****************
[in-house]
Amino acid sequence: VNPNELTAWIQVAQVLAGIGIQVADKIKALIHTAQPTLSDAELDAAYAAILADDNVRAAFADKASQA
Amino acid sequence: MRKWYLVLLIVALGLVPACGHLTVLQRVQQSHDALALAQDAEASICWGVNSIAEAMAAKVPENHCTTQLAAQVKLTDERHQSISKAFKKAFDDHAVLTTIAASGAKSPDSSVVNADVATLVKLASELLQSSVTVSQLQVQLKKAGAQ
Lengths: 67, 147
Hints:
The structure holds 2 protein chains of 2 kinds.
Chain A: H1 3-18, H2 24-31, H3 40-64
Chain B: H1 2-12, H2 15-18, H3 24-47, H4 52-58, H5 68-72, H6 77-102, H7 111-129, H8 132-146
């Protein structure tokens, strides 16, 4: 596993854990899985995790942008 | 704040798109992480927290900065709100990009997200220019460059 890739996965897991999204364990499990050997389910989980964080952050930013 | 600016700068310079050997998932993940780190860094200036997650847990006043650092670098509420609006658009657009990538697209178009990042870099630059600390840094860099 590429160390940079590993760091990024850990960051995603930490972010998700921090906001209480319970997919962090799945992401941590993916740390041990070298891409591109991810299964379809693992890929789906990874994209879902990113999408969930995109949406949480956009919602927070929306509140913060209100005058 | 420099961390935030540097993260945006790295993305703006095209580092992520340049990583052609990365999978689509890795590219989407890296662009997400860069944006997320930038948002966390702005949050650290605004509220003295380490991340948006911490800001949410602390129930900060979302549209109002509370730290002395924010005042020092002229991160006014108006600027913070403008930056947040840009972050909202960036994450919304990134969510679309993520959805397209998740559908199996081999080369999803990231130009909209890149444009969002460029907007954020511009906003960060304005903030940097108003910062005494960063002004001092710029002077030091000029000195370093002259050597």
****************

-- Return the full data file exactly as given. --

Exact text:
[in-house]
Amino acid sequence: VNPNELTAWIQVAQVLAGIGIQVADKIKALIHTAQPTLSDAELDAAYAAILADDNVRAAFADKASQA
Amino acid sequence: MRKWYLVLLIVALGLVPACGHLTVLQRVQQSHDALALAQDAEASICWGVNSIAEAMAAKVPENHCTTQLAAQVKLTDERHQSISKAFKKAFDDHAVLTTIAASGAKSPDSSVVNADVATLVKLASELLQSSVTVSQLQVQLKKAGAQ
Lengths: 67, 147
Hints:
The structure holds 2 protein chains of 2 kinds.
Chain A: H1 3-18, H2 24-31, H3 40-64
Chain B: H1 2-12, H2 15-18, H3 24-47, H4 52-58, H5 68-72, H6 77-102, H7 111-129, H8 132-146
């Protein structure tokens, strides 16, 4: 596993854990899985995790942008 | 704040798109992480927290900065709100990009997200220019460059 890739996965897991999204364990499990050997389910989980964080952050930013 | 600016700068310079050997998932993940780190860094200036997650847990006043650092670098509420609006658009657009990538697209178009990042870099630059600390840094860099 590429160390940079590993760091990024850990960051995603930490972010998700921090906001209480319970997919962090799945992401941590993916740390041990070298891409591109991810299964379809693992890929789906990874994209879902990113999408969930995109949406949480956009919602927070929306509140913060209100005058 | 420099961390935030540097993260945006790295993305703006095209580092992520340049990583052609990365999978689509890795590219989407890296662009997400860069944006997320930038948002966390702005949050650290605004509220003295380490991340948006911490800001949410602390129930900060979302549209109002509370730290002395924010005042020092002229991160006014108006600027913070403008930056947040840009972050909202960036994450919304990134969510679309993520959805397209998740559908199996081999080369999803990231130009909209890149444009969002460029907007954020511009906003960060304005903030940097108003910062005494960063002004001092710029002077030091000029000195370093002259050597």